The Long Kiss Goodnight Blu-ray offers solid video and great audio in this enjoyable Blu-ray release
Samantha is a suburban mom who makes a killer lemon meringue pie. Charly is a covert op who kills. They’re both the same person. Both may be as good as dead. Geena Davis stars as a woman whose fading amnesia reveals her secret life as an elite government assassin, and Samuel L. Jackson portrays the low-rent detective helping her unlock her memory, all while rogue agents scramble to bury Samantha/Charly and her past.
For more about The Long Kiss Goodnight and the The Long Kiss Goodnight Blu-ray release, see the The Long Kiss Goodnight Blu-ray Review published by Kenneth Brown on April 30, 2011 where this Blu-ray release scored 3.0 out of 5.
The years haven't been kind to Finnish director Renny Harlin. Heralded as a rising star in '90s action cinema after the success of Die Hard 2 and Cliffhanger, Harlin went on to bankrupt independent production company Carolco Pictures with Cutthroat Island, put a bullet in the head of an already ailing franchise with Exorcist: The Beginning, and hasn't churned out a solid film since 1999 creature feature Deep Blue Sea. (Driven, Mindhunters, The Covenant, Cleaner and 12 Rounds aren't exactly what I'd consider solid cinema.) But in his '90s prime, Harlin was an action alchemist, transforming genre trash into pure gold. The Long Kiss Goodnight may be a convoluted, 'splodey amnesia actioner, but it's a good convoluted, 'splodey amnesia actioner. Style obliterates substance, violence ensues, and Geena Davis and Samuel L. Jackson spit out two of the most entertaining genre performances of 1996. What's not to love? Actually, don't answer that...
Davis skates across an icy pond while firing at a speeding car. Yep, it's that kind of movie...
It's impossible to ignore the similarities between The Long Kiss Goodnight and the Jason Bourne series, even though Harlin's film preceded Damon's first Bourne outing by some six years. (Screenwriter Shane Black surely had a copy of Robert Ludlum's 1980 spy thriller on his bookshelves when penning Goodnight.) Geena Davis is Samantha Caine, a mysterious woman working to forge a new life for herself eight years after a terrible accident left her with no memories or identity. Now a small-town Pennsylvania schoolteacher, Samantha has finally found happiness with her husband and daughter, Caitlin (Yvonne Zima). But when her past breezes into town with a vengeance, everybody's favorite housewife begins to remember who she once was: ruthless CIA assassin Charly Baltimore. Before you can say flashback, Samantha elicits the help of streetwise private investigator Mitch Henessey (Samuel L. Jackson), begins struggling with two competing personalities and has to face a parade of old foes (Craig Bierko and David Morse, among others), all while saving her daughter and thwarting a terrorist plot. Whew.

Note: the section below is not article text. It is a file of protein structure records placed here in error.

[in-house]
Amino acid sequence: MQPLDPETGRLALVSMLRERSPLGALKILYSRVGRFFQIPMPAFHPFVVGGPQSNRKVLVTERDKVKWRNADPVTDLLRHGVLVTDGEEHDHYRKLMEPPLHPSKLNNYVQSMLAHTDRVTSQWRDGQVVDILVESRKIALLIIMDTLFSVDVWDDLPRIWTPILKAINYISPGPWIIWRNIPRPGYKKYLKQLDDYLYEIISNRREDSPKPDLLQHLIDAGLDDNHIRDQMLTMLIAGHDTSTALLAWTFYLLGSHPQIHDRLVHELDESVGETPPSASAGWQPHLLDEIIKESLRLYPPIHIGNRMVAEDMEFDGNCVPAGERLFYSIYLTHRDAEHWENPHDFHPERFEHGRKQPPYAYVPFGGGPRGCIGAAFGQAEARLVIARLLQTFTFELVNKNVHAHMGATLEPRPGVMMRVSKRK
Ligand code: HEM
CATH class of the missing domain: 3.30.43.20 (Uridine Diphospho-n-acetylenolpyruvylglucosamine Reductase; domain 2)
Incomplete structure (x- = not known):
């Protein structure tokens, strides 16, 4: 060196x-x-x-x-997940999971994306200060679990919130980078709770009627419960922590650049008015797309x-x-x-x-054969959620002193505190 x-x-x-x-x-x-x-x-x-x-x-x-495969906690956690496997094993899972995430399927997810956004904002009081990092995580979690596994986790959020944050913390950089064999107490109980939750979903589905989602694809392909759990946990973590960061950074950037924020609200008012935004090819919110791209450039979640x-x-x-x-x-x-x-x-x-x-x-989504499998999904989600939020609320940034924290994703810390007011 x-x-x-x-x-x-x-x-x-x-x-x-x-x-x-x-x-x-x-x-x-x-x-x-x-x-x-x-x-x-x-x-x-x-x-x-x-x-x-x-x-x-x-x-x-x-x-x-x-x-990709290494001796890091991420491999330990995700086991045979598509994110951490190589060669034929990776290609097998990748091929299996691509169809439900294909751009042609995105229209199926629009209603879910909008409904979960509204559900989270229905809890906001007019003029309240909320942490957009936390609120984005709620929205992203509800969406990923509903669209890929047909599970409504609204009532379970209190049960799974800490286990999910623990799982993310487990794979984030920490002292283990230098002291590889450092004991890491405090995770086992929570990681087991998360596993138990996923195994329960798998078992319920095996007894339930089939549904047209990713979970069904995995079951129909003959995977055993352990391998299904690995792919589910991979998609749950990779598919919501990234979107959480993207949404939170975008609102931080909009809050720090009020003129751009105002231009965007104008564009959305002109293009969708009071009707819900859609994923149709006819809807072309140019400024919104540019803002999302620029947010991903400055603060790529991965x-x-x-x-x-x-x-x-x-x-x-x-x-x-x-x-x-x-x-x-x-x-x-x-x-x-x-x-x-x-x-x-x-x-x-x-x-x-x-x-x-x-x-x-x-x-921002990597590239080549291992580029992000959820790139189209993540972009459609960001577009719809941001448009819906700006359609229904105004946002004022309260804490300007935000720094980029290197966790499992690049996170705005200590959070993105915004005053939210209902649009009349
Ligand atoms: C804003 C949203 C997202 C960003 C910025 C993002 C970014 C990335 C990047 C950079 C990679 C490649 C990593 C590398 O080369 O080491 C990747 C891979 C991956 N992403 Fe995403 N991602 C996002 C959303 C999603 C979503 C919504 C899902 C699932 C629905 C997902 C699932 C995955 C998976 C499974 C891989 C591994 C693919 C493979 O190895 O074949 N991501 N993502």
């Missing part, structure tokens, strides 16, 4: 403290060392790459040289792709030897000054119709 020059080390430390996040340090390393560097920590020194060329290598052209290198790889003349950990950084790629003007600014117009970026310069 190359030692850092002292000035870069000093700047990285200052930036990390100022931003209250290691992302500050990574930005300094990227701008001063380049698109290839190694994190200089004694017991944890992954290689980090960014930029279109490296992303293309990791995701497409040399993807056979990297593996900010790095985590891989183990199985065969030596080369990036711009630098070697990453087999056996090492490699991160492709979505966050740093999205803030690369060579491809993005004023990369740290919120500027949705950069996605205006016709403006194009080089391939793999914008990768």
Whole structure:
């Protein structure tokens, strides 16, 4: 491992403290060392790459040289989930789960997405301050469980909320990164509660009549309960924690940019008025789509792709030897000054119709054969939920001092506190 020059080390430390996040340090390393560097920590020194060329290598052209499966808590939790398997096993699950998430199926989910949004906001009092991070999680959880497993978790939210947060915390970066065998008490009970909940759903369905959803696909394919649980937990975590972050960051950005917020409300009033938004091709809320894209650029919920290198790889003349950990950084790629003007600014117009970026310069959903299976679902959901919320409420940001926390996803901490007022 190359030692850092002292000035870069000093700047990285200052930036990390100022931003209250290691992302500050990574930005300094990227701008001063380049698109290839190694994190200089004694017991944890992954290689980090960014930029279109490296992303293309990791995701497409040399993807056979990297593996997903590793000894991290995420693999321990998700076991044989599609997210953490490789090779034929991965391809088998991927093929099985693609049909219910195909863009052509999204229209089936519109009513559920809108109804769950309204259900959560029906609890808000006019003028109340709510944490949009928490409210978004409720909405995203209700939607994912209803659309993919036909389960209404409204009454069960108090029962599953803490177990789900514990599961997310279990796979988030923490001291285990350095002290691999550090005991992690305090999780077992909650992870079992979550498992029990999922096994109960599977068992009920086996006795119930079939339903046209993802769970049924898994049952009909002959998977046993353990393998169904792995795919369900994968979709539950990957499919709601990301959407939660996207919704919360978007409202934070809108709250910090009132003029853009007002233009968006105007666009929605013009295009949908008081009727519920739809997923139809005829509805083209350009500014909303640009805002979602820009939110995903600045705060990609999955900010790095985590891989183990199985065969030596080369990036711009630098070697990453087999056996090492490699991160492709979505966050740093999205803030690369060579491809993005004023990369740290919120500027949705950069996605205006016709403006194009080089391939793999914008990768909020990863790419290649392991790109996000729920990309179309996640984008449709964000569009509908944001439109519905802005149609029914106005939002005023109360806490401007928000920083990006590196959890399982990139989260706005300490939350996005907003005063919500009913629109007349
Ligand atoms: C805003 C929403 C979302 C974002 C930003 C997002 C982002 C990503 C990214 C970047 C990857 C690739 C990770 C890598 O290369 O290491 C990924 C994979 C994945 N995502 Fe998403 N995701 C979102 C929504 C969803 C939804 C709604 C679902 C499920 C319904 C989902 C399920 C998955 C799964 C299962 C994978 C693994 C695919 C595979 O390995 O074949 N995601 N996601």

Amazingly, Harlin (and the many, many writers who took a pass at Black's original script) hold it all together, if only by a frayed thread. Charly's emerging persona is obnoxious and overdone, and the baddies she faces are fourth-tier Bond villains at best. But there's an unabashed abandon to Harlin's fire-burst storytelling and just enough intensity and conviction in Davis and Jackson's performances to keep nostalgic action hounds glued to their seats. Gunplay and 'splosions hit hard and often, and watching a demented Davis leer at a mirror is always fun. Jackson chews on every delicious bit of dialogue that comes his way with toothy tenacity, young Zima avoids every precocious-tot pitfall, Bierko takes full advantage of the freedom afforded him, Brian Cox lends a hint of gravelly gravitas where it's sorely lacking, Morse is suitably menacing... I'd say Harlin won half of his battles in casting alone. Even when the director's dizzying, over-the-top action beats threaten to undermine his actors' efforts, Davis digs deep or Jackson comes through with a side-splitting one-liner. It's a ballet of errors, really. Each time Harlin falters, Davis and Jackson leap in to save the increasingly labyrinthine thriller from its mad mastermind.